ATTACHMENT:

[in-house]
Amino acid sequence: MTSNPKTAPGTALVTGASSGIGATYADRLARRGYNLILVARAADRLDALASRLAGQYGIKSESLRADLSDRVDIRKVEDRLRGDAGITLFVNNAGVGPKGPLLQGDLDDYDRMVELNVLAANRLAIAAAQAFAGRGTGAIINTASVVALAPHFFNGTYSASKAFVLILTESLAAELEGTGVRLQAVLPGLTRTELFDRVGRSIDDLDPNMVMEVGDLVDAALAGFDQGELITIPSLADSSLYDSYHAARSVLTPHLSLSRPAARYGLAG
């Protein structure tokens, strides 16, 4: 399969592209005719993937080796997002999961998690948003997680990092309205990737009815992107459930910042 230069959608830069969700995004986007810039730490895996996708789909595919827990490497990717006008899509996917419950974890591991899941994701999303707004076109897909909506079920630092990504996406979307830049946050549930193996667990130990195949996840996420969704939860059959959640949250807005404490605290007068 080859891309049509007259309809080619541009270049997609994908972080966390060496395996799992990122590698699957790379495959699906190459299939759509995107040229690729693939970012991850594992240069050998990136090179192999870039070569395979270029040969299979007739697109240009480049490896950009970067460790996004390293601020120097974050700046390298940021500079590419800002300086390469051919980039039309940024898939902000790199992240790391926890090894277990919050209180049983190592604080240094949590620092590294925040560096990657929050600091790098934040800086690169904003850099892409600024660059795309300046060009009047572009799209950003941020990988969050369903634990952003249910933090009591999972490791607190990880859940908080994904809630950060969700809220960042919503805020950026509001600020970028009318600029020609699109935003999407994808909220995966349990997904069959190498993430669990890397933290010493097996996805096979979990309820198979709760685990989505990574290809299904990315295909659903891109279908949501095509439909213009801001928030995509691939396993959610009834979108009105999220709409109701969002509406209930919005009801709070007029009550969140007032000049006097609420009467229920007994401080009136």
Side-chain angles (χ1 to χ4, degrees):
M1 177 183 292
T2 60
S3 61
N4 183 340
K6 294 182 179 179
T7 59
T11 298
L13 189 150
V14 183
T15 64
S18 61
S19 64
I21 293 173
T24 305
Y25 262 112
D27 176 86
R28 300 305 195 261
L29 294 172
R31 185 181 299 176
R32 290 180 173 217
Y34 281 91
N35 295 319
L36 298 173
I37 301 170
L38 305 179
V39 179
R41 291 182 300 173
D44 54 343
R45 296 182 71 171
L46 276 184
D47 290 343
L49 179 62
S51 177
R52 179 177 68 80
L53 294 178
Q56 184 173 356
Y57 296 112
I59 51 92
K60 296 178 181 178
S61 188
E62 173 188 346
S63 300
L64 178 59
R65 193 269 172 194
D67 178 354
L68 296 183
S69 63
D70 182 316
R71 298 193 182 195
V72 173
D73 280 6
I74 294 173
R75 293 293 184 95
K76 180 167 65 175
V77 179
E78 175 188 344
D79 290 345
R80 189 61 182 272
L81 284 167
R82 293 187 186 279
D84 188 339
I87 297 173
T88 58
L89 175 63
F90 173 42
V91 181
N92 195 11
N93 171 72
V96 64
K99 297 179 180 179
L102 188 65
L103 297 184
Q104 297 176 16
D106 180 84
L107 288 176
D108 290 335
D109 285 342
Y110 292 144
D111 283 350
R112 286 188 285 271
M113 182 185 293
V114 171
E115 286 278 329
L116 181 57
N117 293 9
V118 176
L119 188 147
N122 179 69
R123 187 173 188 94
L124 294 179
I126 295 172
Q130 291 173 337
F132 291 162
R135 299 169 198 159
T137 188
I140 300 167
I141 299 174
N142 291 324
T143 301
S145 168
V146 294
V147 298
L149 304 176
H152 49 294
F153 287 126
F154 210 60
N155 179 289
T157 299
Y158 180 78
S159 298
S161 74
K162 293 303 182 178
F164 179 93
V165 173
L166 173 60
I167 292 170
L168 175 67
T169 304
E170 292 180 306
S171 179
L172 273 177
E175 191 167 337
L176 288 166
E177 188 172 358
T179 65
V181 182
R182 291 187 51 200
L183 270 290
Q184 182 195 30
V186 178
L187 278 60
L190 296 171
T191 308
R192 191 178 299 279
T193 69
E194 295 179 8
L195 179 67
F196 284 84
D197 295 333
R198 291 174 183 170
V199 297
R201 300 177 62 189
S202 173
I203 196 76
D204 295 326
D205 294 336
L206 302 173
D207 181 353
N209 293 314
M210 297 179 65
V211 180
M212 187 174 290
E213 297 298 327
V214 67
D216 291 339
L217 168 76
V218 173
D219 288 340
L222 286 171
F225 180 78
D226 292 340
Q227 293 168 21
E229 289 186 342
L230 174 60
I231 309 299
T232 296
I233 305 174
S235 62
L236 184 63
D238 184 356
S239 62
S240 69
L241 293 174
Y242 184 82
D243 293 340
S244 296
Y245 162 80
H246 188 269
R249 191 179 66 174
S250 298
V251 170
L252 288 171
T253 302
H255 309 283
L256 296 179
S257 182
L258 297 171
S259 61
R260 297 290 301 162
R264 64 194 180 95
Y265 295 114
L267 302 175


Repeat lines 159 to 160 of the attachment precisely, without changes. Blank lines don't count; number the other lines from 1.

D216 291 339
L217 168 76